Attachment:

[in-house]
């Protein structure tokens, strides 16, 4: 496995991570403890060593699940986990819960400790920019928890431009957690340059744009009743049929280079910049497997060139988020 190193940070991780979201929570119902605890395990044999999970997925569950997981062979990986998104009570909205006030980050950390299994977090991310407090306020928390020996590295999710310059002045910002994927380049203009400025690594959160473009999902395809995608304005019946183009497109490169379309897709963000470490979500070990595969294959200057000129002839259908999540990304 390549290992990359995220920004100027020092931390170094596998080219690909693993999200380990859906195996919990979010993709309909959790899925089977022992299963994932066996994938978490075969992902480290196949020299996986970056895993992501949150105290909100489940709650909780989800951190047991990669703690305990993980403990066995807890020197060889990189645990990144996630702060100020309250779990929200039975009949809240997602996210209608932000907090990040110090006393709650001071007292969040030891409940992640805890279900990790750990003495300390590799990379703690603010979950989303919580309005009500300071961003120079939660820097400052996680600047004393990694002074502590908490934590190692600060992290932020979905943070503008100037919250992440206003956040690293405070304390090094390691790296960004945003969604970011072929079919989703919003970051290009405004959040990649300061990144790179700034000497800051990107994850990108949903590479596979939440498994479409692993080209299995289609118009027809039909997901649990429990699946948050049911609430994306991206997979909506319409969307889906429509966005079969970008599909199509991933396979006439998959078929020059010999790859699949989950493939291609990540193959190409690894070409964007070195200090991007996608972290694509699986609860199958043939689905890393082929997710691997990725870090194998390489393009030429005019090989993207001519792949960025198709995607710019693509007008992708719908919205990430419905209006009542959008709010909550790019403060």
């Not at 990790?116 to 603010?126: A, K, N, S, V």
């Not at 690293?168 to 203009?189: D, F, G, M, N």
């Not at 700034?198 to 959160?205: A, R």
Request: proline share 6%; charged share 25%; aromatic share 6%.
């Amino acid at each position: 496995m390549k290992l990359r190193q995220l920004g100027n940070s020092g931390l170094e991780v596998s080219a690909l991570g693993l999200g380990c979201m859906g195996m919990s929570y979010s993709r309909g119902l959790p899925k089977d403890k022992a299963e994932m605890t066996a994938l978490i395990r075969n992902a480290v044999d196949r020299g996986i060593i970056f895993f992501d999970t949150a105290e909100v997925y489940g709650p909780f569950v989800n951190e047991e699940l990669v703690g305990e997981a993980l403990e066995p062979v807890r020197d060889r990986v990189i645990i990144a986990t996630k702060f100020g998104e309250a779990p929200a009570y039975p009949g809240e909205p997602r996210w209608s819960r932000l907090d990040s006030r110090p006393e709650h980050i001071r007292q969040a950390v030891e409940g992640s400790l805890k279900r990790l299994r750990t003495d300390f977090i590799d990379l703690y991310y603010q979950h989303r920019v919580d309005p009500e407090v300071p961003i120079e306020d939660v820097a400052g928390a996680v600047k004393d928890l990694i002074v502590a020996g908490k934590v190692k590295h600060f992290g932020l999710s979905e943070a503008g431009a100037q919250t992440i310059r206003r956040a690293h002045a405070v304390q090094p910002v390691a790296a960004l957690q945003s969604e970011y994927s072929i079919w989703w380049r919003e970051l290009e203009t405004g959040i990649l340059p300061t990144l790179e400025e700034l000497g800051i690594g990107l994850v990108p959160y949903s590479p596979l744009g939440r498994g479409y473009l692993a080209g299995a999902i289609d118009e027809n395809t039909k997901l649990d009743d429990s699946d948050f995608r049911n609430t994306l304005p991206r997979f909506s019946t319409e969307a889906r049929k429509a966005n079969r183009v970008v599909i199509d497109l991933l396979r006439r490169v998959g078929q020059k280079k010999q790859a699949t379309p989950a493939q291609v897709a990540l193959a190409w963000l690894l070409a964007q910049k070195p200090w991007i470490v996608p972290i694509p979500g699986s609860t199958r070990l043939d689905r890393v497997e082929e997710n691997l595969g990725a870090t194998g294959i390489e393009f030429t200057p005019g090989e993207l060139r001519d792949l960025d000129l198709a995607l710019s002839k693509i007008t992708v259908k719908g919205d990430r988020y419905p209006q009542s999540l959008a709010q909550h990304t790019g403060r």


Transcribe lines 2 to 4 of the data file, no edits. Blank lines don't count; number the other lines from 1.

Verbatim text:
């Protein structure tokens, strides 16, 4: 496995991570403890060593699940986990819960400790920019928890431009957690340059744009009743049929280079910049497997060139988020 190193940070991780979201929570119902605890395990044999999970997925569950997981062979990986998104009570909205006030980050950390299994977090991310407090306020928390020996590295999710310059002045910002994927380049203009400025690594959160473009999902395809995608304005019946183009497109490169379309897709963000470490979500070990595969294959200057000129002839259908999540990304 390549290992990359995220920004100027020092931390170094596998080219690909693993999200380990859906195996919990979010993709309909959790899925089977022992299963994932066996994938978490075969992902480290196949020299996986970056895993992501949150105290909100489940709650909780989800951190047991990669703690305990993980403990066995807890020197060889990189645990990144996630702060100020309250779990929200039975009949809240997602996210209608932000907090990040110090006393709650001071007292969040030891409940992640805890279900990790750990003495300390590799990379703690603010979950989303919580309005009500300071961003120079939660820097400052996680600047004393990694002074502590908490934590190692600060992290932020979905943070503008100037919250992440206003956040690293405070304390090094390691790296960004945003969604970011072929079919989703919003970051290009405004959040990649300061990144790179700034000497800051990107994850990108949903590479596979939440498994479409692993080209299995289609118009027809039909997901649990429990699946948050049911609430994306991206997979909506319409969307889906429509966005079969970008599909199509991933396979006439998959078929020059010999790859699949989950493939291609990540193959190409690894070409964007070195200090991007996608972290694509699986609860199958043939689905890393082929997710691997990725870090194998390489393009030429005019090989993207001519792949960025198709995607710019693509007008992708719908919205990430419905209006009542959008709010909550790019403060």
């Not at 990790?116 to 603010?126: A, K, N, S, V």
């Not at 690293?168 to 203009?189: D, F, G, M, N």